Then the Rangers acquired not one, but two deadline starting pitchers – Max Scherzer and Jordan Montgomery. And just before every Rangers fan cheered, the other shoe dropped. Eovaldi hit the IL with a forearm strain. Righty Grant Anderson was called up in a corresponding move.
Eovaldi hasn’t made an appearance since July 18, and his fastball velocity was down in that start. The Rangers then skipped him in the rotation, thinking once through would make a difference. It didn’t, and it became concerning for a guy who’s had Tommy John surgery twice already in his career. But a MRI showed no structural damage, which is certainly good news.
A few quick nuggets on Eovaldi. As of his last start, he was leading the AL in ERA (2.69) and was second among AL pitchers in bWAR (3.6), only trailing Gerrit Cole.
With Texas deep in the heart of a division race, you know the fan base and the front office are holding their collective breath that he’s back in the rotation soon.
Cardinals’ Donovan down for the year
This one has felt insanely inevitable for about a month now.
The Cardinals announced Wednesday super-utility man Brendan Donovan is going to miss the rest of the year, because he’ll need surgery on his torn right flexor tendon. Donovan had been restricted to hitting only for the past few weeks because of the injury, but with how far out the Cardinals are in the race, it makes sense to sit him out for the rest of the year.
Despite the injury, he looked his best at the plate recently, slashing .312/.354/.494 in July.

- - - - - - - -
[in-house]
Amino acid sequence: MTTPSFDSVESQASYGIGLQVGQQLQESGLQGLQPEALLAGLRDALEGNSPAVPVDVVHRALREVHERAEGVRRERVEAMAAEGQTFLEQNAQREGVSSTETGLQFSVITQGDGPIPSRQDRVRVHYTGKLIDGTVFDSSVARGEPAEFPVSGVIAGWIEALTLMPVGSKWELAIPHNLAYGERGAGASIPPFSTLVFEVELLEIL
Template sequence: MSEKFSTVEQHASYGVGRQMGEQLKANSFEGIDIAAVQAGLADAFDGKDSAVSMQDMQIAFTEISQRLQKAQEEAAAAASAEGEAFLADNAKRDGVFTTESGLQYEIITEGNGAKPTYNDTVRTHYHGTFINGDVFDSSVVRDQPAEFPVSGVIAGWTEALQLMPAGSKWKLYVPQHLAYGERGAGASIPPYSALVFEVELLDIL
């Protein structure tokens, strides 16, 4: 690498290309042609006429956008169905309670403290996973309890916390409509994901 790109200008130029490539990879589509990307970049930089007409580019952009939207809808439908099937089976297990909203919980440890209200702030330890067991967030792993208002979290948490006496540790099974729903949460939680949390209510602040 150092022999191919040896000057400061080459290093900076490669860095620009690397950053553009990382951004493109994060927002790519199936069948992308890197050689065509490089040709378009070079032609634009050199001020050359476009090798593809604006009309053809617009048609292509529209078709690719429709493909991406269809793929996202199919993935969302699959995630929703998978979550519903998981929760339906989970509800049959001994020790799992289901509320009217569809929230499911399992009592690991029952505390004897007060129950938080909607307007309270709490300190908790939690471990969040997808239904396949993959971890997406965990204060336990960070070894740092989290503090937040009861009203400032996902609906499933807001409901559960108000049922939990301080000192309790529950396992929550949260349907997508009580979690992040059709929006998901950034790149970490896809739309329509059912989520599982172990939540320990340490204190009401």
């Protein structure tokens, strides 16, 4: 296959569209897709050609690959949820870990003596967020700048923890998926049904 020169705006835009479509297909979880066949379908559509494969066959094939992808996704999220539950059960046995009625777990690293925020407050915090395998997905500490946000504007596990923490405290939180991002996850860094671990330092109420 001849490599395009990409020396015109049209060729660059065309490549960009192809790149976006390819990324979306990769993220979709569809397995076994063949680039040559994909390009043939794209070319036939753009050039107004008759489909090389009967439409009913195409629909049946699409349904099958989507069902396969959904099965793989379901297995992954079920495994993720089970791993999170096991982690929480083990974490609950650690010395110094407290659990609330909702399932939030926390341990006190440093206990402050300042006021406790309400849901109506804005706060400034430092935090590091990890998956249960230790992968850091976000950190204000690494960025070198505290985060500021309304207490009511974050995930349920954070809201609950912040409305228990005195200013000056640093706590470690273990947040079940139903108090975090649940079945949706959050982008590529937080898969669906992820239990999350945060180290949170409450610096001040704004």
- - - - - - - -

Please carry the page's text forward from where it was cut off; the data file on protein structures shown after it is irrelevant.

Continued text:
Meanwhile, closer Ryan Helsely threw to live batters on Wednesday. He’s not pitched since June 6 and has been on the 60-day IL with a forearm injury. The Cardinals were waiting to see how he came out of that live bullpen session, and If he reports no problems, could be sent out on a rehab assignment soon.
2024 can’t come soon enough for the Redbirds.
Kelenic gets clarity on broken foot
Thanks to a good stretch of play (9-4 in their last 13 games) the Mariners are back in the thick of the AL Wild Card race. They’re doing it without Jarred Kelenic, who’s been on the IL with a broken foot after he kicked a water cooler two weeks ago.
While that’s a bit of old news, we did get a timeline on Kelenic’s recovery. He’s expected to stay in his walking boot for 4-6 weeks, with a return possible in early September.
Yankees’ Rizzo suffering concussion-like symptoms, Germán to miss rest of season for alcohol abuse
The last injury update of the day is a quick hitter on the Yankees.
The team announced Thursday Anthony Rizzo is headed to the IL after experiencing post-concussion symptoms. The team believes he was first hurt in a collision at first base with Fernando Tatís. That was back on May 28. Here’s the play.
Now, here are Rizzo’s splits from before and after that date. It’s safe to say he was one of the worst, if not the worst, hitter in baseball since.
Aaron Boone said they’re calling him ‘week-to-week.’
Meanwhile, Nestor Cortes is set to come off the IL for this weekend’s series against the Astros. He’s been battling shoulder fatigue since the spring, but is set to start Saturday’s game. Boone told reporters he’ll likely be limited to around 60 pitches.
Last but not least, is an update that isn’t even an injury-related update. But it’s definitely worth discussing. The Yankees also announced Wednesday Domingo Germán would miss the rest of the year, after agreeing to attend an inpatient treatment facility for alcohol abuse.
Then Thursday, more details emerged about the situation. You can read them here.
Hopefully, Germán can get himself right and back on a mound in 2024.